Can Social Media Effectively Shame California’s Water Wasters?

Californians are taking to social media to shame their neighbors into conserving water.

Water runs off from a sprinkler in a neighborhood in the Hollywood Hills area of Los Angeles. (AP Photo/Damian Dovarganes)

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California residents are taking to social media to shame their neighbors into conserving water. On Twitter, people have been using #droughtshame or #droughtshaming:

Some people are also turning to apps like VizSafe to hold California’s water-wasters accountable. As VizSafe founder and CEO Peter Mottur told NPR, its original purpose was not for drought-shaming:

“We launched the app last year. It’s really a broad community safety and wellbeing platform for sharing photos and videos that are all geolocated and mapped.” Mottur says people can report anything from a fallen tree to a pothole, but increasingly he says, “users are posting information about their neighbors who are wasting water.” And that data ends up on a map that is visible to the public.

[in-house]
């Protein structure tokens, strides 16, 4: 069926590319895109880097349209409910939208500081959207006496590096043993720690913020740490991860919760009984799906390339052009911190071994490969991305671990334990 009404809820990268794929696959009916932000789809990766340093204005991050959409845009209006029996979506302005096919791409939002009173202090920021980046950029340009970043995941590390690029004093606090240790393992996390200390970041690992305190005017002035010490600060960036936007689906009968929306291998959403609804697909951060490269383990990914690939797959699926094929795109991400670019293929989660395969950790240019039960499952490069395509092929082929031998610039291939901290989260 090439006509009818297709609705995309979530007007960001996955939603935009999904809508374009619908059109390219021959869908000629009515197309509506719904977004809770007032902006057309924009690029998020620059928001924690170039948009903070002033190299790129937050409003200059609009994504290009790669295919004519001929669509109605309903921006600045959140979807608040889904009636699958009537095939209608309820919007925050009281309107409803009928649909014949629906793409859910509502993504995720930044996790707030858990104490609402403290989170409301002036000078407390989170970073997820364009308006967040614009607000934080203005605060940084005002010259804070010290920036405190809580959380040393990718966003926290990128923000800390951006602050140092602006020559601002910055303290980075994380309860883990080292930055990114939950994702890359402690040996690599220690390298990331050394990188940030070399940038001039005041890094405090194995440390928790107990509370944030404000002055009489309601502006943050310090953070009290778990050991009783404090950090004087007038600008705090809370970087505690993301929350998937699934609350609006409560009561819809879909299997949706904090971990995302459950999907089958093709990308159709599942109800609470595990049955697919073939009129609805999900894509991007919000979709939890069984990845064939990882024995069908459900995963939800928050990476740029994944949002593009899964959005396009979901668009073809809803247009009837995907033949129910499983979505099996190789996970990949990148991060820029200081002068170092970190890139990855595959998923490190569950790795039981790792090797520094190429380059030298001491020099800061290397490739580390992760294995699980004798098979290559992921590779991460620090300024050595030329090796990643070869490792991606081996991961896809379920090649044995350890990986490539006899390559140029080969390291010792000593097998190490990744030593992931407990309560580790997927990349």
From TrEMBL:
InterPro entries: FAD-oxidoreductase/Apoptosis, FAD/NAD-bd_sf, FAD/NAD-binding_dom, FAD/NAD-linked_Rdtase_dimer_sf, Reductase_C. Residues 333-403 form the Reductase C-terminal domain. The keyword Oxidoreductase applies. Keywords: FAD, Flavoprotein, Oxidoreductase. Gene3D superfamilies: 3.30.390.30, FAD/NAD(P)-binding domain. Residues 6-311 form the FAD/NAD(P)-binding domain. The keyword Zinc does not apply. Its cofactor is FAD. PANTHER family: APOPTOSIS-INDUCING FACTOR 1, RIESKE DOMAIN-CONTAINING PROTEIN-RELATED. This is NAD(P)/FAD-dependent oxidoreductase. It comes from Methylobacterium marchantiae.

There’s also DroughtShameApp, created by Dan Estes, a Santa Monica real estate agent, made intentionally for its title purpose. But social media may not be a productive solution to the problem. As NPR reports:

When he spoke with NPR, [Dean Kubani, sustainability manager for the City of Santa Monica] said he’s never heard of the apps, and that in fact, Santa Monica already has its own drought-shaming app. … And that means data from these independent apps might not be seen by the right eyes. “It’s not getting through to us,” says Kubani, “and we’re the folks doing enforcement and education about this.” … Even if data from those apps got to Kubani’s office, he’s not sure he’d use it. “It might be very outdated,” he said. “I don’t know where it came from, or how it was obtained. I wouldn’t be able to verify it.”

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Jenn Stanley is a freelance journalist, essayist and independent producer living in Chicago. She has an M.S. from the Medill School of Journalism at Northwestern University.

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Tags: californiawatersocial mediadrought

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